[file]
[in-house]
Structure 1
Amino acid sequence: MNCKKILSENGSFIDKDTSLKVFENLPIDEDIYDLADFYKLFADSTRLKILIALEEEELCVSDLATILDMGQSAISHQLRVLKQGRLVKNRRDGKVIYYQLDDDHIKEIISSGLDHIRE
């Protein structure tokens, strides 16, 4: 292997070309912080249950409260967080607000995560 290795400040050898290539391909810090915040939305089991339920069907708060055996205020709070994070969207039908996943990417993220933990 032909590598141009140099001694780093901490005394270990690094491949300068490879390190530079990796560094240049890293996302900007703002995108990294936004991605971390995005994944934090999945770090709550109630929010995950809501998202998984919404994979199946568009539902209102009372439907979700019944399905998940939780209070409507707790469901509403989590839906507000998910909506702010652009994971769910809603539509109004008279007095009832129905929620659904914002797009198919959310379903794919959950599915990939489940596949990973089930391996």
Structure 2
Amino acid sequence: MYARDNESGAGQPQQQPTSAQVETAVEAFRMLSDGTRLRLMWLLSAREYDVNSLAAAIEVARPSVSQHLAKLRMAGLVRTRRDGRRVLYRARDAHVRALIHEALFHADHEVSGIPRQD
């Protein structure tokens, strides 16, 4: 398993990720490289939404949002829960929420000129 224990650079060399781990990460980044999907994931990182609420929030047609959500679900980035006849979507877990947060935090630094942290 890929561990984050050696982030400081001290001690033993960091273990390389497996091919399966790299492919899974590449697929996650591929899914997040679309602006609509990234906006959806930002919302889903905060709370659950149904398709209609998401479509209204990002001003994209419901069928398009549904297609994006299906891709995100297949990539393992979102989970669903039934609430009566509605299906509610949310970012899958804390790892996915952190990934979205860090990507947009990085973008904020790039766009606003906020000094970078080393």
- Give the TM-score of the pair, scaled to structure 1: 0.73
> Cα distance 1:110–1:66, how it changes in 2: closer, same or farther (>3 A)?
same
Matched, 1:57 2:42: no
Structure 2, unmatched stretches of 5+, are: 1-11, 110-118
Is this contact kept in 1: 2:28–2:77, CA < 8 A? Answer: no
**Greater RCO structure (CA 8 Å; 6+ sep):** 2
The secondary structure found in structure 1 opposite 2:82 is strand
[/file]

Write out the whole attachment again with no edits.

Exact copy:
[in-house]
Structure 1
Amino acid sequence: MNCKKILSENGSFIDKDTSLKVFENLPIDEDIYDLADFYKLFADSTRLKILIALEEEELCVSDLATILDMGQSAISHQLRVLKQGRLVKNRRDGKVIYYQLDDDHIKEIISSGLDHIRE
């Protein structure tokens, strides 16, 4: 292997070309912080249950409260967080607000995560 290795400040050898290539391909810090915040939305089991339920069907708060055996205020709070994070969207039908996943990417993220933990 032909590598141009140099001694780093901490005394270990690094491949300068490879390190530079990796560094240049890293996302900007703002995108990294936004991605971390995005994944934090999945770090709550109630929010995950809501998202998984919404994979199946568009539902209102009372439907979700019944399905998940939780209070409507707790469901509403989590839906507000998910909506702010652009994971769910809603539509109004008279007095009832129905929620659904914002797009198919959310379903794919959950599915990939489940596949990973089930391996």
Structure 2
Amino acid sequence: MYARDNESGAGQPQQQPTSAQVETAVEAFRMLSDGTRLRLMWLLSAREYDVNSLAAAIEVARPSVSQHLAKLRMAGLVRTRRDGRRVLYRARDAHVRALIHEALFHADHEVSGIPRQD
């Protein structure tokens, strides 16, 4: 398993990720490289939404949002829960929420000129 224990650079060399781990990460980044999907994931990182609420929030047609959500679900980035006849979507877990947060935090630094942290 890929561990984050050696982030400081001290001690033993960091273990390389497996091919399966790299492919899974590449697929996650591929899914997040679309602006609509990234906006959806930002919302889903905060709370659950149904398709209609998401479509209204990002001003994209419901069928398009549904297609994006299906891709995100297949990539393992979102989970669903039934609430009566509605299906509610949310970012899958804390790892996915952190990934979205860090990507947009990085973008904020790039766009606003906020000094970078080393």
- Give the TM-score of the pair, scaled to structure 1: 0.73
> Cα distance 1:110–1:66, how it changes in 2: closer, same or farther (>3 A)?
same
Matched, 1:57 2:42: no
Structure 2, unmatched stretches of 5+, are: 1-11, 110-118
Is this contact kept in 1: 2:28–2:77, CA < 8 A? Answer: no
**Greater RCO structure (CA 8 Å; 6+ sep):** 2
The secondary structure found in structure 1 opposite 2:82 is strand